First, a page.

By Carl Zimmer, The New York Times December 24, 2014
In 1924, the State of Virginia attempted to define what it means to be white.
The state’s Racial Integrity Act, which barred marriages between whites and people of other races, defined whites as people “whose blood is entirely white, having no known, demonstrable or ascertainable admixture of the blood of another race.”
There was just one problem. As originally written, the law would have classified many of Virginia’s most prominent families as not white, because they claimed to be descended from Pocahontas.
So the Virginia legislature revised the act, establishing what came to be known as the “Pocahontas exception.” Virginians could be up to one-sixteenth Native American and still be white in the eyes of the law.
People who were one-sixteenth black, on the other hand, were still black.
In the United States, there is a long tradition of trying to draw sharp lines between ethnic groups, but our ancestry is a fluid and complex matter. In recent years geneticists have been uncovering new evidence about our shared heritage, and last week a team of scientists published the biggest genetic profile of the United States to date, based on a study of 160,000 people.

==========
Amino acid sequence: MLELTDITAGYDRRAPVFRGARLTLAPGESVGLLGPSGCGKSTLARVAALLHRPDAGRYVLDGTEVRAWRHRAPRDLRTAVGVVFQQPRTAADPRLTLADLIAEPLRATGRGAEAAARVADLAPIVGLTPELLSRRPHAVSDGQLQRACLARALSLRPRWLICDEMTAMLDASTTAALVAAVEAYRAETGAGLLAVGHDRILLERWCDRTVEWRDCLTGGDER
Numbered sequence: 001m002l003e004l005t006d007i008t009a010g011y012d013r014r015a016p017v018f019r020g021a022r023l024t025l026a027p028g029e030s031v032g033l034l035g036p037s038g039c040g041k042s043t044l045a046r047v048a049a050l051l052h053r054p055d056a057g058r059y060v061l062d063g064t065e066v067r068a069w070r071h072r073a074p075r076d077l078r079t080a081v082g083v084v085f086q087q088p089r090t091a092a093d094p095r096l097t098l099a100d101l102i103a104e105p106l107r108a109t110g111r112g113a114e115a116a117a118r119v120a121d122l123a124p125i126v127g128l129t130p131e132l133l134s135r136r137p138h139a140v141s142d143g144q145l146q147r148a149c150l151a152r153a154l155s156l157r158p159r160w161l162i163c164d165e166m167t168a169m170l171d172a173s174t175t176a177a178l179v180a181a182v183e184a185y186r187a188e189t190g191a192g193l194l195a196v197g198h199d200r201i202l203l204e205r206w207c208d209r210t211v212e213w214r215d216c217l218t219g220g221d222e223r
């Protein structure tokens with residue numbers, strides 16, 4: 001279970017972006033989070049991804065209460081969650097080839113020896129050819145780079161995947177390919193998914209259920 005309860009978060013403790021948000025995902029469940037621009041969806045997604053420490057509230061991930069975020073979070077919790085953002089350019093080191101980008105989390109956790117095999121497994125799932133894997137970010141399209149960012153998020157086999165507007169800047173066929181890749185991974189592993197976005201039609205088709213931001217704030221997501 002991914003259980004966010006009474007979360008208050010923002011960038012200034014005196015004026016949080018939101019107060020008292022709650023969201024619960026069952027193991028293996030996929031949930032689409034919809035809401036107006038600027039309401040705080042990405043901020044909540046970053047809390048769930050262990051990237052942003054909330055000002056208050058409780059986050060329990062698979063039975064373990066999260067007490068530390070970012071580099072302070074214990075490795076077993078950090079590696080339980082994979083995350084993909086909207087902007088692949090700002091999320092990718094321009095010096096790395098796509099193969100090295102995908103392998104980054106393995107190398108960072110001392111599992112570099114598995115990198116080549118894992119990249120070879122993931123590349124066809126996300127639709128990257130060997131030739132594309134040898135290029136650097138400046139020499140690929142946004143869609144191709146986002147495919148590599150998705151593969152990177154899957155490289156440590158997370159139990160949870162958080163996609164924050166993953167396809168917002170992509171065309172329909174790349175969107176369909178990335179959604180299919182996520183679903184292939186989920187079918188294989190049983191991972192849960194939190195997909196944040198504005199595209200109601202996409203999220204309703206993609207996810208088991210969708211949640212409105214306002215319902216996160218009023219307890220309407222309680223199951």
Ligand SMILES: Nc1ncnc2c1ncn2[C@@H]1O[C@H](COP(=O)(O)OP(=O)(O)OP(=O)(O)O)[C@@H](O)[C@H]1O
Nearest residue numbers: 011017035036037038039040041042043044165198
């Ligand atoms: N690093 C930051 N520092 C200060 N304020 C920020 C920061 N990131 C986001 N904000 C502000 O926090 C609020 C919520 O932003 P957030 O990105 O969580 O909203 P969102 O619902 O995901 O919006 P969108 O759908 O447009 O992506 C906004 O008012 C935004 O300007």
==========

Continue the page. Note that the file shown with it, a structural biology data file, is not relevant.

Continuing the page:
The researchers were able to trace variations in our genetic makeup from state to state, creating for the first time a sort of ancestry map.
“We use these terms — white, black, Indian, Latino — and they don’t really mean what we think they mean,” said Claudio Saunt, a historian at the University of Georgia who was not involved in the study.
The data for the new study were collected by 23andMe, the consumer DNA-testing company. When customers have their genes analyzed, the company asks them if they’d like to make their results available for study by staff scientists.
Over time the company has built a database that not only includes DNA, but also such details as a participant’s birthplace and the ethnic group with which he or she identifies. (23andMe strips the data of any information that might breach the privacy of participants.)
The scientists also have been developing software that learns to recognize the origins of the short segments of DNA that make up our genomes. Recently they used their program to calculate what percentage of each subject’s genomes was inherited from European, African or Native American forebears.
“This year we saw that we were in a great position to do the analysis,” said Joanna L. Mountain, senior director of research at 23andMe.
On average, the scientists found, people who identified as African-American had genes that were only 73.2 percent African.
European genes accounted for 24 percent of their DNA, while .8 percent came from Native Americans.
Latinos, on the other hand, had genes that were on average 65.1 percent European, 18 percent Native American, and 6.2 percent African. The researchers found that European-Americans had genomes that were on average 98.6 percent European, .19 percent African, and .18 Native American.
These broad estimates masked wide variation among individuals. Based on their sample, the resarchers estimated that over six million European-Americans have some African ancestry. As many as five million have genomes that are at least 1 percent Native American in origin. One in five African-Americans, too, has Native American roots.